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Registered tag attached to a U.S. Treasury bag filled with $50 dollars of FRACTIONAL CURRENCY (see handstamp). Fifty dollars worth of silver coins weighed 1250 grams or 2.76 pounds. The uncommon solo $1 Farragut franking paid for the 8¢ registry fee and up to 46 times the 2¢ letter rate for up to 2.875 pounds (silver plus canvas bag).

This site is dedicated to the United States 2nd Bureau issue of postage stamps. Designed in 1902 and produced later that year and continued into the following year, the 2nd Bureau series of stamps consisted of fourteen denominations (1¢ to $5) plus a special delivery stamp. Shown nearby, are examples of postal history from this era.

Many of the stamps were well received by the public, including the first regular U.S. stamp featuring a woman, the 8¢ Martha Washington. However, the public disliked the design of the 2¢ George Washington stamp, forcing the Bureau of Engraving and Printing to redesign and replace the stamp in late 1903.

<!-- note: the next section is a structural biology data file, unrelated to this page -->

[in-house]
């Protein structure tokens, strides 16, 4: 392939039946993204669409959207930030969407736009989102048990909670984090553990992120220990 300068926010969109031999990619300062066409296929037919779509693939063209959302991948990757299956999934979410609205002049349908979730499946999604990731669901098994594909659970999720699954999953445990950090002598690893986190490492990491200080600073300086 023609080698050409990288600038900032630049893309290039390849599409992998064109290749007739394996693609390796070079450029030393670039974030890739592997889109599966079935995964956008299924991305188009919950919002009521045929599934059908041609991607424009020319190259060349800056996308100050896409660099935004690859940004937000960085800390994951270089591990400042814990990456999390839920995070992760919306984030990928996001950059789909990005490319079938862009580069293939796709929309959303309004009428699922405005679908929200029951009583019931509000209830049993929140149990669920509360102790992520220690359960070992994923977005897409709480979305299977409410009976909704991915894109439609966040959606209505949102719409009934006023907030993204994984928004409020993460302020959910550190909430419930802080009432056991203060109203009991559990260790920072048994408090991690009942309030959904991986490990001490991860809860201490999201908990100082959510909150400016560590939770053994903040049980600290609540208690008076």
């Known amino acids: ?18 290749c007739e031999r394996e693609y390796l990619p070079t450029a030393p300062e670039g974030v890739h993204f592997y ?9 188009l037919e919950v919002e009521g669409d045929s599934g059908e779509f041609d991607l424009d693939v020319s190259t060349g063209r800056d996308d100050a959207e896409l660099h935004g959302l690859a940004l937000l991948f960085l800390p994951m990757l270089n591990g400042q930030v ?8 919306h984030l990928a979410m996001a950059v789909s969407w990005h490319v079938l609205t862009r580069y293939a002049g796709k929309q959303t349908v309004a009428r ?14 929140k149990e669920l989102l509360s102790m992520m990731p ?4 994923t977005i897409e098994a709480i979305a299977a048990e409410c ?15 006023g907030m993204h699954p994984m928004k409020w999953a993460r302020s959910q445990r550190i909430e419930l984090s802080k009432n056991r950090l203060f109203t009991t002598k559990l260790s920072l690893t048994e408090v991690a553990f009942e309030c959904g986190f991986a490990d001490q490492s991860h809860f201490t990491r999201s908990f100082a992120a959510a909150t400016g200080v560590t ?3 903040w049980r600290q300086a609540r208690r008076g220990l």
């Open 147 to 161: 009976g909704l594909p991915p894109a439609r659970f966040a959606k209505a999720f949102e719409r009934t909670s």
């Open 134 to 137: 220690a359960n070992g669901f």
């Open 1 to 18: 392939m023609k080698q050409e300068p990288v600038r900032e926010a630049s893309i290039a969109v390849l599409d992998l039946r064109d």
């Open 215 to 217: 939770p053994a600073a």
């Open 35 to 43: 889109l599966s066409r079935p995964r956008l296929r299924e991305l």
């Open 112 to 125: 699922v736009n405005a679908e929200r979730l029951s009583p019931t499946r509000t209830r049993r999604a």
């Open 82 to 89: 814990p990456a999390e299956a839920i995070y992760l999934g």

The 2nd Bureau stamps sought use from 1902 until 1909 when the 3rd Bureau issue (also referred to as the Washington-Franklins) were phased into use.

Commercial cover sent from San Juan, Puerto Rico at the 5¢ Universal Postal Union (UPU) rate to Grenada, West Indies. Mail to and from U.S. territories and Possessions enjoyed the same domestic rates as the mainland.

I have had the pleasure of exhibiting my postal history collection three times with all attempts garnering a Vermeil ribbon (scans to my 2011 exhibit).  The Gold award is elusive, but I look forward to its pursuit.

Click on the tabs at the top of the page or the categories on the sidebar to explore my collection.